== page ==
Oliver returns to his apartment and finds Lance there with Thea. While he was out of his cell, someone stabbed and killed Roy—or, so Lance and the CCPD thinks. Turns out, Roy faked his death, with some help from one of Lyla’s A.R.G.U.S. contacts. Roy literally gave his life for Oliver’s. Because people think he’s dead, Roy has no other option, but to leave Central City and start anew someplace else. 

Meanwhile, Thea is grieving over a bottle of red wine—ah, a woman after my own heart—when Ra’s pays her a visit. He stabs Thea with his sword and leaves her bleeding on the floor. This is his last move, the move that’ll force Oliver deeper into the corner because the only way to save Thea will be to bring her to a Lazarus Pit in Nanda Parbat. 

Wall of Weird:

  • FLASHBACK: Oliver goes after Waller, but finds out that she wasn’t the one trying to kill him and the Yamashiros. It was General Shrieve, who is planning on unleashing the Alpha/Omega virus on Hong Kong and claiming that the triads mishandled a bioweapon they never should have had. When they realize they can’t escape, they steal a vial of the vaccine Shrieve developed and decide to remain in Hong Kong to stop him. 
  • It turns out this was an actual goodbye for Colton Haynes. Read about his departure here. 
  • “There’s a decent chance you and Palmer are related,” says Oliver to Felicity in reaction to Ray’s in field rambling. This may be his best quip ever.
  • “I can’t think of an answer that won’t get me in trouble,” says Felicity when Oliver asks if she gets this worried when he’s out in the field.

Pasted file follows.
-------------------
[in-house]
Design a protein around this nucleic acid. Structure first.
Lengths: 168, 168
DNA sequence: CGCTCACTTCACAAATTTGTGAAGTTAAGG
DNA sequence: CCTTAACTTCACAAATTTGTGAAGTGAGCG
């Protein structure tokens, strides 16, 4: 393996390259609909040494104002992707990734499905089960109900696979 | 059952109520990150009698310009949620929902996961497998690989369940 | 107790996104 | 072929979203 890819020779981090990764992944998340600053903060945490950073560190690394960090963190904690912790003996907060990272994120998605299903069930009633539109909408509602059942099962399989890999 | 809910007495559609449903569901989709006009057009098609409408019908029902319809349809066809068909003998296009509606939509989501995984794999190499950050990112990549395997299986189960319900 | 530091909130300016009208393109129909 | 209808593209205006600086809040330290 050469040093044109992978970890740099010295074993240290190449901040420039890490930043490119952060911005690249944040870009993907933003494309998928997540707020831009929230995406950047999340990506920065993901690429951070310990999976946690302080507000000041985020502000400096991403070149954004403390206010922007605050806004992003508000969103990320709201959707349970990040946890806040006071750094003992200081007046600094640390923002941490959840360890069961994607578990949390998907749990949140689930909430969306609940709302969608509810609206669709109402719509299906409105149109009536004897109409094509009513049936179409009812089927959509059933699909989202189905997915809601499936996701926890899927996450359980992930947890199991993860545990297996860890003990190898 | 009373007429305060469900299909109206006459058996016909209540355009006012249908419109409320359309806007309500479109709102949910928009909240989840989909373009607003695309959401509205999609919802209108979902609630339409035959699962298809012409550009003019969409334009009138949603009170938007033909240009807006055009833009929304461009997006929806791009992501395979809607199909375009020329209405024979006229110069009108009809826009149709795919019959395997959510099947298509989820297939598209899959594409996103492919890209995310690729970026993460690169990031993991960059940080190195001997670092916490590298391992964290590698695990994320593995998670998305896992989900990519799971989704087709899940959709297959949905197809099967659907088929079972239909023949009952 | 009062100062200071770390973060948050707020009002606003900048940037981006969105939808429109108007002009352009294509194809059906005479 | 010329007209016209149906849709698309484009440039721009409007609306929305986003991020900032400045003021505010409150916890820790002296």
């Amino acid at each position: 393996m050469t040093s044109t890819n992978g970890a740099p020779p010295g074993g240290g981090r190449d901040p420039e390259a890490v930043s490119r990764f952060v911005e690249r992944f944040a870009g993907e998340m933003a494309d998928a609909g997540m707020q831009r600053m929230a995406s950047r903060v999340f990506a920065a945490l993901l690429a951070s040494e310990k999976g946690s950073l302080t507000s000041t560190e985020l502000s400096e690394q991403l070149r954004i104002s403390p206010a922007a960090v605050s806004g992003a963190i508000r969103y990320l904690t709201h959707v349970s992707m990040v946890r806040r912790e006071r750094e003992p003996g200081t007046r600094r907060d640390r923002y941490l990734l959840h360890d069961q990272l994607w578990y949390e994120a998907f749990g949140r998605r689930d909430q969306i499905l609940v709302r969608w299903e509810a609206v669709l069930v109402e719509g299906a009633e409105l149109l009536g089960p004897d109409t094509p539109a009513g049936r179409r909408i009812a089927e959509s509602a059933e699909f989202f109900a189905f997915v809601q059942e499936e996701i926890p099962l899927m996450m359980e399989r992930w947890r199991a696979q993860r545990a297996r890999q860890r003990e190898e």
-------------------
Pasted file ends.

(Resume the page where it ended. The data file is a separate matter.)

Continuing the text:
• Tonight’s episode takes place after Ray and Felicity’s visit to Central City in last night’s The Flash. Which took place, I think, before Ray was injured and I love you to Felicity because in tonight’s episode, it’s clear she still hasn’t said it back. What’s even clearer is that Ray definitely picks up on her remaining feelings for Oliver. 
  • “There is no more Arrow”: This season on Arrow, Oliver hasn’t been as likable and has definitely given both his teammates and us a reason to question his leadership style. As discussed above, this was clearly intentional on the writers’ part. They are showing what happens when someone who is used to being in control loses that and is forced to actually ask for help. The show is purposefully breaking him down and I think that quote explains why; to build him up so he’s no longer just the Arrow, he’s the Green Arrow. We’re sanding off his remaining rough edges, so that come season 4, he’s a veritable superhero loved by his city. 
  • Did you guys think this was a great episode, too? How sad are you to see Roy leave? If Thea survives, do you think she’ll become a new member of Team Arrow? How excited are you for the Oliver and Felicity hook-up teased in a recent trailer?